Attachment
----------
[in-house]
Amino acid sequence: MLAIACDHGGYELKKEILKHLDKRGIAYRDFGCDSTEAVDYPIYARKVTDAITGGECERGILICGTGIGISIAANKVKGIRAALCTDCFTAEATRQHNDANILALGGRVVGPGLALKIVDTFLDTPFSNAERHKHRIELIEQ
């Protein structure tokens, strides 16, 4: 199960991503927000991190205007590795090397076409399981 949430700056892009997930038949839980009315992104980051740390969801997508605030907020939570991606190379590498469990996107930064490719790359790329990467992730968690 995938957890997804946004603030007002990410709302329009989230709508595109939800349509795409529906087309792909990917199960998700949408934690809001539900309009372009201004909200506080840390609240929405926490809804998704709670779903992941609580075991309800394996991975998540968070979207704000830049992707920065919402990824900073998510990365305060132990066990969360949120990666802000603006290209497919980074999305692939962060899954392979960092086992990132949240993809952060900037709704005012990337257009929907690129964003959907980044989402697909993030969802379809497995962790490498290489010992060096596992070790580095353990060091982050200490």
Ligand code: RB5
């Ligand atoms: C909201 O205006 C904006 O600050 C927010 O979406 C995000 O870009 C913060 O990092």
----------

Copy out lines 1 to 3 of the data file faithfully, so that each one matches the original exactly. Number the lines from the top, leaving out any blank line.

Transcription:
[in-house]
Amino acid sequence: MLAIACDHGGYELKKEILKHLDKRGIAYRDFGCDSTEAVDYPIYARKVTDAITGGECERGILICGTGIGISIAANKVKGIRAALCTDCFTAEATRQHNDANILALGGRVVGPGLALKIVDTFLDTPFSNAERHKHRIELIEQ
């Protein structure tokens, strides 16, 4: 199960991503927000991190205007590795090397076409399981 949430700056892009997930038949839980009315992104980051740390969801997508605030907020939570991606190379590498469990996107930064490719790359790329990467992730968690 995938957890997804946004603030007002990410709302329009989230709508595109939800349509795409529906087309792909990917199960998700949408934690809001539900309009372009201004909200506080840390609240929405926490809804998704709670779903992941609580075991309800394996991975998540968070979207704000830049992707920065919402990824900073998510990365305060132990066990969360949120990666802000603006290209497919980074999305692939962060899954392979960092086992990132949240993809952060900037709704005012990337257009929907690129964003959907980044989402697909993030969802379809497995962790490498290489010992060096596992070790580095353990060091982050200490």